It was 2008 and Ben Geisler, a recent graduate of Boston College, was unsure about his next move.
So, while living at home with his parents in Cortlandt Manor, he spent a year as a dental assistant at Open Door’s nearby Ossining site.
It proved to be time well spent. Except for the years back in Boston to attend dental school at Boston University, he never left Open Door (which included spending summer vacations while in dental school and doing a one-year residency there). Today, Dr. Geisler serves as dental site director in Ossining, where he practices general dentistry and oversees the patient care provided by a team of five dentists. He balances this with one day a week at the Brewster site teaching dental residents.
That post-graduate year at Open Door, he says, solidified his decision both to become a dentist and to spend his career in community health. While many of his fellow dental school graduates chose the greater financial rewards of private practice, Dr. Geisler saw the critical need for quality dental care among those less fortunate. And working in a federally qualified health care center, he found, gave him an enormous sense of personal satisfaction.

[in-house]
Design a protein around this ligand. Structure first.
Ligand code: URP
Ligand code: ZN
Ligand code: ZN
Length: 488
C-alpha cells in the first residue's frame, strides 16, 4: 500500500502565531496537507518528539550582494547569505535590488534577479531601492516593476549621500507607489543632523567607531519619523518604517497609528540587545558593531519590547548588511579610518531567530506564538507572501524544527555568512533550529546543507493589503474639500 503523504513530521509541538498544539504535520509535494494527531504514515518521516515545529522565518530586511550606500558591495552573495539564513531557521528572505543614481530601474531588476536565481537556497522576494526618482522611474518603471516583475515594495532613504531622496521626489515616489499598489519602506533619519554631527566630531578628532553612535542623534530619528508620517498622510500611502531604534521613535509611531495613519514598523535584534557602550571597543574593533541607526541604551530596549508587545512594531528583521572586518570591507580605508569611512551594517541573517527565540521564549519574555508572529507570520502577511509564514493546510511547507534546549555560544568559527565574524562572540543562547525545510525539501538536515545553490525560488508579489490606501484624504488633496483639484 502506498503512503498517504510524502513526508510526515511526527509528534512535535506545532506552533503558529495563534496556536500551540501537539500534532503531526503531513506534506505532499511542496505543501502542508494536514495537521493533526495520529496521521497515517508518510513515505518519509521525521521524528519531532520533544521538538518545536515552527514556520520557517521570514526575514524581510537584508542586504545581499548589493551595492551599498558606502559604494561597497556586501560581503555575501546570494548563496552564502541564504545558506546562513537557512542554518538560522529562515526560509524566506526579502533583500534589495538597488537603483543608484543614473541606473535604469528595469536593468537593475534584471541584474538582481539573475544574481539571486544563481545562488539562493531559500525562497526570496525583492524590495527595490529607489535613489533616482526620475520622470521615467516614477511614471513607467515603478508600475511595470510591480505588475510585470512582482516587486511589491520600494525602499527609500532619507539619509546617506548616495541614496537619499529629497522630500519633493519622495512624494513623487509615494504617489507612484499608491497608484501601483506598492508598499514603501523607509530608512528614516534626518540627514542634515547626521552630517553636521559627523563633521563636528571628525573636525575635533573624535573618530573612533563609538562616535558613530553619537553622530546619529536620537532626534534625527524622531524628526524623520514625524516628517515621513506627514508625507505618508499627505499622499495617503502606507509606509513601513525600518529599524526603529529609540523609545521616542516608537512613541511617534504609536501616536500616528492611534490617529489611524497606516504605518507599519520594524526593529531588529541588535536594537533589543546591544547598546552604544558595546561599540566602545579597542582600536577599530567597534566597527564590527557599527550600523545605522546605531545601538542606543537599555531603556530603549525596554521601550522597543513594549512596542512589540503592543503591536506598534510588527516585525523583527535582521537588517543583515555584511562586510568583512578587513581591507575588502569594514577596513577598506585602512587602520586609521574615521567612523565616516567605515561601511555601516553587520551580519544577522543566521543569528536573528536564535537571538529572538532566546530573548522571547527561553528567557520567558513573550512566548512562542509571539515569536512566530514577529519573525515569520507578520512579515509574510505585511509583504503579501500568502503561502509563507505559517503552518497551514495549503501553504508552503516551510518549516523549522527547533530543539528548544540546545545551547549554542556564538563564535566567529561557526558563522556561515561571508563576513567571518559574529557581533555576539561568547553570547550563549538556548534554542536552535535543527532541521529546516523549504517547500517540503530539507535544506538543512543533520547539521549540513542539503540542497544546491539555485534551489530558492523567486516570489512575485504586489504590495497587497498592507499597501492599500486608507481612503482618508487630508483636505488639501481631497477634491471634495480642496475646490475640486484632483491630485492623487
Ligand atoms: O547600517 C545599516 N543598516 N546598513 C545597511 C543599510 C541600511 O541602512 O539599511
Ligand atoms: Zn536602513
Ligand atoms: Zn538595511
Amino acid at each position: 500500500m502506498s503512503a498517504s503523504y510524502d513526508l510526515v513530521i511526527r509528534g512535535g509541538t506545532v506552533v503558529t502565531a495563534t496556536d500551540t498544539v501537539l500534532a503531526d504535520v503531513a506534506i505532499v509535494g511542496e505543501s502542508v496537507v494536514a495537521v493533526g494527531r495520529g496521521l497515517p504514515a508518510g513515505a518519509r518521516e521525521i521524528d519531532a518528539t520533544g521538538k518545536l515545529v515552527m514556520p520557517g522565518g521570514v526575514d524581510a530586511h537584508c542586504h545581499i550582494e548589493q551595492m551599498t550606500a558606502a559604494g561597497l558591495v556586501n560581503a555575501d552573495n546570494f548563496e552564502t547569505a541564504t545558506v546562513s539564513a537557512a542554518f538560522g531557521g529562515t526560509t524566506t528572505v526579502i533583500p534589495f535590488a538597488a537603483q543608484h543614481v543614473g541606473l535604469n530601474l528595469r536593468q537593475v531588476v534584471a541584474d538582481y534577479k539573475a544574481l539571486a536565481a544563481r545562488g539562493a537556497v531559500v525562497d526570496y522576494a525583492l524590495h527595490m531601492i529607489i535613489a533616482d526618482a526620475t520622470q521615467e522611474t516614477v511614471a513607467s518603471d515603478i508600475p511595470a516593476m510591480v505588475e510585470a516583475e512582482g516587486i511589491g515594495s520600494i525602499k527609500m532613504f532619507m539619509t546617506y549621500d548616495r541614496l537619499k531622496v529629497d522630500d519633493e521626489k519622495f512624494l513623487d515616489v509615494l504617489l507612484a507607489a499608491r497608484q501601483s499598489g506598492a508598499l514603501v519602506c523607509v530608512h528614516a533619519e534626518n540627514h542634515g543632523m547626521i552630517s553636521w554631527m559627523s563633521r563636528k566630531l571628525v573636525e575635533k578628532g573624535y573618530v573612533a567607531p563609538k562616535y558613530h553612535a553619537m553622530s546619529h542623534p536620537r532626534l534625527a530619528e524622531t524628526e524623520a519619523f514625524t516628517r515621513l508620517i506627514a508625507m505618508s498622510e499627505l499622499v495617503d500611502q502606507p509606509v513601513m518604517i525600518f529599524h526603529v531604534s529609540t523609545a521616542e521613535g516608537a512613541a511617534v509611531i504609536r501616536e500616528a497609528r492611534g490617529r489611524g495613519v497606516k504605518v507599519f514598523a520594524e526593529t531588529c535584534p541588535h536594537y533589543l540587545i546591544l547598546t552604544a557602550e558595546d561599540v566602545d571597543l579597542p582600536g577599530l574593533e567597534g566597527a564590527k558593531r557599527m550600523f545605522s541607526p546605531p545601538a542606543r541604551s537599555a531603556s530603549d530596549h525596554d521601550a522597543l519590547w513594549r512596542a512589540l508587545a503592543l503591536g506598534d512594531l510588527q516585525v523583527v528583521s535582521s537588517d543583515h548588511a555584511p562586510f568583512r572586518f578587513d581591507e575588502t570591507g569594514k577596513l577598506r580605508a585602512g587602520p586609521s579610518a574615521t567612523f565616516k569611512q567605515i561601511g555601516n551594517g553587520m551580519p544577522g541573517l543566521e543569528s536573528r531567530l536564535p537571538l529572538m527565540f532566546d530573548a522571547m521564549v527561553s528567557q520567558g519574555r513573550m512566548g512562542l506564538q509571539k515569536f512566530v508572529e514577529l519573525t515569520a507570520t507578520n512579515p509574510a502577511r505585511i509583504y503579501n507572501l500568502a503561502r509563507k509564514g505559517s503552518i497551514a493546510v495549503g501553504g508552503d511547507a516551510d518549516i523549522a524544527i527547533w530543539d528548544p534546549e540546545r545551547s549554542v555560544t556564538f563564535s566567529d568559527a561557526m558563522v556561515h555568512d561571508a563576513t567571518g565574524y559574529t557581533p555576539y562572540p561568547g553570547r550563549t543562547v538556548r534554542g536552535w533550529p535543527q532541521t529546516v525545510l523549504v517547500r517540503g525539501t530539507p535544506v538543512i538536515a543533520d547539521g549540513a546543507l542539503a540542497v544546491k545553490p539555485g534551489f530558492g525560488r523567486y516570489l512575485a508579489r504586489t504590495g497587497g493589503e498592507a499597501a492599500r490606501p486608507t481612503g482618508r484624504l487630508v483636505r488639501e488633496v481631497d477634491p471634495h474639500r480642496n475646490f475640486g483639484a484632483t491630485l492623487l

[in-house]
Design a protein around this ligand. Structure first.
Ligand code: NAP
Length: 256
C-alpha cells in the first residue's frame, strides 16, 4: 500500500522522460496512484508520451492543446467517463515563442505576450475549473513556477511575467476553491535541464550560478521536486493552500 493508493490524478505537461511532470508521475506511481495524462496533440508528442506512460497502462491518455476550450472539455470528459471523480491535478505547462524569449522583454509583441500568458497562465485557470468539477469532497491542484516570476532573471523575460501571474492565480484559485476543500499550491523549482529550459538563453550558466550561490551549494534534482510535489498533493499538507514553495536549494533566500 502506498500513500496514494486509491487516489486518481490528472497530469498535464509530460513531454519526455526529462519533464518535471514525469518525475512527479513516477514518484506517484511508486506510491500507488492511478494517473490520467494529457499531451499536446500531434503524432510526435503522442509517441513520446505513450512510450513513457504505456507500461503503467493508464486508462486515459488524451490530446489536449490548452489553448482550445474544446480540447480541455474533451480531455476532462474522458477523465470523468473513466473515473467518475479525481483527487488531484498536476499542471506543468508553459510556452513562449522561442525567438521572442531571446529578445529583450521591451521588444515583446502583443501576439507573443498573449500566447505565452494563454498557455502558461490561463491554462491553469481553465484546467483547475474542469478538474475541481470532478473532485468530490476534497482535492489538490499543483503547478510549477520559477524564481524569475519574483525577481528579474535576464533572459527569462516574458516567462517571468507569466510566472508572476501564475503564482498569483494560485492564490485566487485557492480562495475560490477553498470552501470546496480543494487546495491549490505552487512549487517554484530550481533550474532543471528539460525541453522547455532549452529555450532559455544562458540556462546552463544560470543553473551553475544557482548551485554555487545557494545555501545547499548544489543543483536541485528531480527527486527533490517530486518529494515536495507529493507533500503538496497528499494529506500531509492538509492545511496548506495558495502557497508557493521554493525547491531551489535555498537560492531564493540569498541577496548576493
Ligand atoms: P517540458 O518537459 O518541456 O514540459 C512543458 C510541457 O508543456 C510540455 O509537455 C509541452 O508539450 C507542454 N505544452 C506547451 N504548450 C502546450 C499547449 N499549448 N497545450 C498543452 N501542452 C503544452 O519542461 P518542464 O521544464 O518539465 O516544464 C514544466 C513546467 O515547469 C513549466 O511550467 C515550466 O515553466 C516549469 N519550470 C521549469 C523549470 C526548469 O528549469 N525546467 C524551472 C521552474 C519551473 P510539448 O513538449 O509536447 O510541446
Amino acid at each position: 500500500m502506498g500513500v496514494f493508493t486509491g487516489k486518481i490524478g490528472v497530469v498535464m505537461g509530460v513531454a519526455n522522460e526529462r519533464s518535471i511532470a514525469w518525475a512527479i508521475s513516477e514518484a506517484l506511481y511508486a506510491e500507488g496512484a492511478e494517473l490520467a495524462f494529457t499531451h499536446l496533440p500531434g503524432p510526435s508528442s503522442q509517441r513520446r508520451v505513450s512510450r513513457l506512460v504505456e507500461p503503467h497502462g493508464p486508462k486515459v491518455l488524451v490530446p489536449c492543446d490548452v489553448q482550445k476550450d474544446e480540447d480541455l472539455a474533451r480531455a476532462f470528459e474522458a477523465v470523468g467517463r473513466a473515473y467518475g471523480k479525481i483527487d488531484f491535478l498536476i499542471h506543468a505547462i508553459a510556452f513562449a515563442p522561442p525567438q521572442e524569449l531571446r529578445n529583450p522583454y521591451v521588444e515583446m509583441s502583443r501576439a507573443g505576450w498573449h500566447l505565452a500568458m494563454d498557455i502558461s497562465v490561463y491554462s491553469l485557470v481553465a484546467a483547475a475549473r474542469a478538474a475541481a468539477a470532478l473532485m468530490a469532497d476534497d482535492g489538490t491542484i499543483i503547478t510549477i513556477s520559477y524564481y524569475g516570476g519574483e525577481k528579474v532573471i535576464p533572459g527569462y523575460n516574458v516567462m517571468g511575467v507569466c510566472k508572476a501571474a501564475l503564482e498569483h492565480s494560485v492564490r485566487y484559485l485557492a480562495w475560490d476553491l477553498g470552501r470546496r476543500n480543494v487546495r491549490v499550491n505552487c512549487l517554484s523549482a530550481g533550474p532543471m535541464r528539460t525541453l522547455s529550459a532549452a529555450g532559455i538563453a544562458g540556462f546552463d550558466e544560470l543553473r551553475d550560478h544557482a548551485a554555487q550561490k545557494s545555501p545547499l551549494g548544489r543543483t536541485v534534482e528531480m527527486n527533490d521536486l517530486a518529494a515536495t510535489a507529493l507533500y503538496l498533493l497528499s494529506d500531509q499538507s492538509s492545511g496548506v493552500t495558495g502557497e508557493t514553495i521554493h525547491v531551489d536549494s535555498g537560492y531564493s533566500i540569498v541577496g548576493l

“Private practice was not the life for me,” he says. “I’ve found the people in community health care to be more appreciative. They are very thankful. While the focus at Open Door is on preventive care, there are also more emergency visits because those without insurance are more likely to avoid dental visits until they have pain. We see many more acute cases than you would see in a private office.”
Dr. Geisler spent several years at Open Door working on a state-of-the-art mobile dental van that was parked outside school-based health centers at schools in Ossining and Port Chester. He believes that the van, which was forced to cease operations during the pandemic, will resume service shortly.
“The kids enjoyed visiting the dentist while at school,” he says. “The fear factor wasn’t there when they saw the dentist with their friends, rather than their parents.”
Plans call for an expansion of dental services at Open Door in Ossining, which presently has eight dental chairs. This will further provide the much-needed dental care that he says is so essential to an underserved community.
“I love the day-to-day interactions,” says Dr. Geisler. “We’re highly efficient and we work together very well as a family. I feel we really make a difference.”